The other development on the circle of the the MBs is not related to the leadership but rather to the bases. The younger generation of membership may split after the failure of the uprising and resort to more radical means and ideologies.Contrary to the 70s generation of the the membership the current one is shaped by the general social and economic deterioration of Egypt. They come from lower classes with much less relation to culture or sophistication. Both the MBs leadership and the society overall will face a generation of young member of the movement which tends to more radical positions that may lead them to leaving the MBs and forming new small and radical groups as similar to what happened in the late 80s and 90s.
Overall. the tendency of the regime in the "day after" to be even more authoritarian could enhance the development to violence particularly when all hopes of peaceful reform, or any reform for that matter, disappear in their minds.
The regime will be tempted to crack down. The hated police force will be tempted to increase the dose of humiliation to a population that dared to burn all police stations. The relatively small margin of debate that was there could disappear. This will be one of the worst consequences because simply it will terminate any attempts to get a real economic development plan without which this country will be doomed to decades of instability.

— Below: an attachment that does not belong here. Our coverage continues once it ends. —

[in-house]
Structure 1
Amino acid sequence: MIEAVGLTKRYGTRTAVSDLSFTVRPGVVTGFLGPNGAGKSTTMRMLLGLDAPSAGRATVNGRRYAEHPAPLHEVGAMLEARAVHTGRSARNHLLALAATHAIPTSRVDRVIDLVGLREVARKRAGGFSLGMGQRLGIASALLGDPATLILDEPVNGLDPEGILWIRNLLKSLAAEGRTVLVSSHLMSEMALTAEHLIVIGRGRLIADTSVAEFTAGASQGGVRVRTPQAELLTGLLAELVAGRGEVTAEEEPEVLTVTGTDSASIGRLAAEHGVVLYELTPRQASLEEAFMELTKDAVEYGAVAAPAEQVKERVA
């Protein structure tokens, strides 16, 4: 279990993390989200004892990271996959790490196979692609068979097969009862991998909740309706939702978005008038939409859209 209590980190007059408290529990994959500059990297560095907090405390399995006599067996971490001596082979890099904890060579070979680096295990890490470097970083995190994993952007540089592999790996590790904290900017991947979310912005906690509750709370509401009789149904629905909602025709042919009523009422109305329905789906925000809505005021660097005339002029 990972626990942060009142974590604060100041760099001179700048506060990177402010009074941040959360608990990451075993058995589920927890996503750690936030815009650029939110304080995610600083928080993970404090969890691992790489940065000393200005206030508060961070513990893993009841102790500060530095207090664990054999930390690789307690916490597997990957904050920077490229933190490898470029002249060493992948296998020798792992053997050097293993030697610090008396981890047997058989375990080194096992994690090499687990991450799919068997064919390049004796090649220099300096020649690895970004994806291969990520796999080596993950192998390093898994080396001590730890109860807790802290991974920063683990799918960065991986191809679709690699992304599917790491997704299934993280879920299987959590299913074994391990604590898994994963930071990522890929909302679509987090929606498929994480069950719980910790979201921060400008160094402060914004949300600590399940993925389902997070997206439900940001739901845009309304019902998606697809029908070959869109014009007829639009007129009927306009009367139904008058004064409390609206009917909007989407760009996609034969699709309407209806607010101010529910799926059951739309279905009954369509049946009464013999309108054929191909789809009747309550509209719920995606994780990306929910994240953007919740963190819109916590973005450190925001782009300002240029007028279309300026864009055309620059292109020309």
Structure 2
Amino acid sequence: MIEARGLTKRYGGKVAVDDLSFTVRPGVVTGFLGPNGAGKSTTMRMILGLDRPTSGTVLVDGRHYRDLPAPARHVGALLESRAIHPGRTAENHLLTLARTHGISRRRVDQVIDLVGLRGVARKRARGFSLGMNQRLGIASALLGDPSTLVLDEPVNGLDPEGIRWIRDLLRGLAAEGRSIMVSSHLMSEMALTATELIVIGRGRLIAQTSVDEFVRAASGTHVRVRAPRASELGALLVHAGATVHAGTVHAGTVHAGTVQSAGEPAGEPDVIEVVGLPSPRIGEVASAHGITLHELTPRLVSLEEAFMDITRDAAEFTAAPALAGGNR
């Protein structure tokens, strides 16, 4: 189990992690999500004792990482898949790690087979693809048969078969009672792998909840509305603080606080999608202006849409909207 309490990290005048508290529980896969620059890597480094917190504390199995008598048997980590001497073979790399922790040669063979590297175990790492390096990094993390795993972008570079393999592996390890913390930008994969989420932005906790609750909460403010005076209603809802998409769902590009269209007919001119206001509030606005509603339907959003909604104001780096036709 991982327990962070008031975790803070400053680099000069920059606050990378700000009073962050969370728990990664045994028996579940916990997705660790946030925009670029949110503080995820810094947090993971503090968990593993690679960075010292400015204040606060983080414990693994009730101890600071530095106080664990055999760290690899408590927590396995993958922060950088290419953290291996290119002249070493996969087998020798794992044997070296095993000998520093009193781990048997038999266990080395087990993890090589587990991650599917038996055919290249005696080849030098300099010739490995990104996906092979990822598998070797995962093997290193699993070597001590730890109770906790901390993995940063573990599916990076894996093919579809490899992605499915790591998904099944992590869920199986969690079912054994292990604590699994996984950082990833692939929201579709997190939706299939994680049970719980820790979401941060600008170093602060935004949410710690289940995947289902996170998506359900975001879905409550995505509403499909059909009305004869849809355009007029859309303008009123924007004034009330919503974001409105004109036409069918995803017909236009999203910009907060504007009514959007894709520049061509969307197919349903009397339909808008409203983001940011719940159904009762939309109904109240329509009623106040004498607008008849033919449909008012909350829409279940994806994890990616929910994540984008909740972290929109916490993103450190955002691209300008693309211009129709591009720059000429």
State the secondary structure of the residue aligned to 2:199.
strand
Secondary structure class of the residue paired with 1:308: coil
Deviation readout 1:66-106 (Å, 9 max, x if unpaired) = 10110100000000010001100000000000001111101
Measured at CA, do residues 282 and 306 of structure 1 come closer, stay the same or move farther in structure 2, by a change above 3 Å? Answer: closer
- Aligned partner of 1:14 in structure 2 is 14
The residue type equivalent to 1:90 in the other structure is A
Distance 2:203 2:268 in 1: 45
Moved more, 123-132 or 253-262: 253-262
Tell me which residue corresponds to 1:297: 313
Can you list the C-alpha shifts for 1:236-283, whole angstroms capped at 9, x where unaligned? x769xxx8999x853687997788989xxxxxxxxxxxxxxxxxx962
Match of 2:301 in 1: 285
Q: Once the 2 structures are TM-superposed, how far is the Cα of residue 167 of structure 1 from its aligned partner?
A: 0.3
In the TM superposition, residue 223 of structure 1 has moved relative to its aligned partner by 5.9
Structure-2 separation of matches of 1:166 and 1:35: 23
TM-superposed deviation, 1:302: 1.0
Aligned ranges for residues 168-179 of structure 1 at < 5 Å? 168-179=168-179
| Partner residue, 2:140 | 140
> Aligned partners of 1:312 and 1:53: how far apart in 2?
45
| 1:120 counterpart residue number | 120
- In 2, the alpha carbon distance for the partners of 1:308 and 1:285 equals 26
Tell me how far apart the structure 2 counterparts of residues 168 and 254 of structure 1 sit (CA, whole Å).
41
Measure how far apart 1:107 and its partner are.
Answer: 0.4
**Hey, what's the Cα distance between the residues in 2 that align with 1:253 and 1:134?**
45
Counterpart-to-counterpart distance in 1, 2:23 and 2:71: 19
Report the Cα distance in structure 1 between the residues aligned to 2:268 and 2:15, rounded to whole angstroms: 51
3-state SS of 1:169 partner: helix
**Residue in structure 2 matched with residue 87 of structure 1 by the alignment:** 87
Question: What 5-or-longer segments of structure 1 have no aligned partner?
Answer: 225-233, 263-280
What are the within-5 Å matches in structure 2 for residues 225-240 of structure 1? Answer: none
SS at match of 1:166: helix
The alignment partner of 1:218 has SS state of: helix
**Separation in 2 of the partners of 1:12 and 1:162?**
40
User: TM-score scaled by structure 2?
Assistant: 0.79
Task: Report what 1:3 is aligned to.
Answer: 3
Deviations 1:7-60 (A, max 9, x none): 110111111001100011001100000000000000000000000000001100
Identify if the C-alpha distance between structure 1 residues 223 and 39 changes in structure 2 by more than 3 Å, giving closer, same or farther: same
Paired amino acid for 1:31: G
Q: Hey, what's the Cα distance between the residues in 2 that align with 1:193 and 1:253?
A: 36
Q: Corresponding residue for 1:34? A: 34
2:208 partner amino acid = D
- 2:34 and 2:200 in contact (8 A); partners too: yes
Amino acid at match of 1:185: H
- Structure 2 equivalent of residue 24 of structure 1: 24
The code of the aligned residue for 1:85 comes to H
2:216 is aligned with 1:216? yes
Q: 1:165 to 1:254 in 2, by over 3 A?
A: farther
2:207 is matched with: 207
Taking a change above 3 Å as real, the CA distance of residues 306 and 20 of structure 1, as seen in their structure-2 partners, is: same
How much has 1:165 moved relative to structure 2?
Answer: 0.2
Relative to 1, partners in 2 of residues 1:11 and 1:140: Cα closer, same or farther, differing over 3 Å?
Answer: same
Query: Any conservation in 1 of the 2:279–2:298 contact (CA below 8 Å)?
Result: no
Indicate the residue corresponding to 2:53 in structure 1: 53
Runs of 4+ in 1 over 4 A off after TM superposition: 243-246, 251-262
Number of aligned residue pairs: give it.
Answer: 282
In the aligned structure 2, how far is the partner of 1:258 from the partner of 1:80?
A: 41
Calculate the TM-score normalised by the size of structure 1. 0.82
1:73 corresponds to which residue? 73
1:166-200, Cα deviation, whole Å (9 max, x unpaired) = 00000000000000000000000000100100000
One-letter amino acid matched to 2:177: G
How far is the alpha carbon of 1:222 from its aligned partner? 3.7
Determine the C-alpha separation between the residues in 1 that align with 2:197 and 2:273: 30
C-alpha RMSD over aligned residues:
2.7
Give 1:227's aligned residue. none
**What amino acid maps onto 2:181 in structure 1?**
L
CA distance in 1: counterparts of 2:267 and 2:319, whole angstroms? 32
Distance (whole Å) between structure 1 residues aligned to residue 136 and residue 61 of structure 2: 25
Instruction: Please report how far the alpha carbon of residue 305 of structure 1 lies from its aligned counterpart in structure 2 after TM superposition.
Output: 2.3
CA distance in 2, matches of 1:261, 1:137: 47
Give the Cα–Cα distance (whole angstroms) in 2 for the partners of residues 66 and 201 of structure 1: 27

Could the regime introduce a real economic development plan?. It depends on the level of understanding of the gravity of what happened and its latent and obvious consequences. The momentum of the "victory" of the regime if it could achieve a real victory may not leave room to restrain or reflection and understanding. Therefore, I believe that the fate of this country for decades to come will be hanging on what the Mubarak regime will do in the coming few months."
the same friend also sent me this:

Sinai is still in play...and great instability and possible Insurrections/Resistance to the Regime is a possibility within Egypt...if Mubarak or his cronies persist in hanging on to power with various deceptions.....

Connecticut's newspaper The Day noted on January 24th:

Connecticut National Guard Detachment 2, Company I, 185th Aviation Regiment of Groton has mobilized and will deploy to the Sinai Peninsula, Egypt, to support the Multinational Force and Observers.

The unit left Connecticut Jan. 15 for Fort Benning, Ga., for further training and validation. The unit operates C-23C Sherpa aircraft and has deployed three times in the last seven years in support of the conflicts in Iraq and Afghanistan. The unit will provide an on-demand aviation asset to the Multinational Force and Observers commander to support its mission of supervising the security provisions of the Egypt/ Israel Peace Treaty.Yesterday, the Los Angeles Times reported: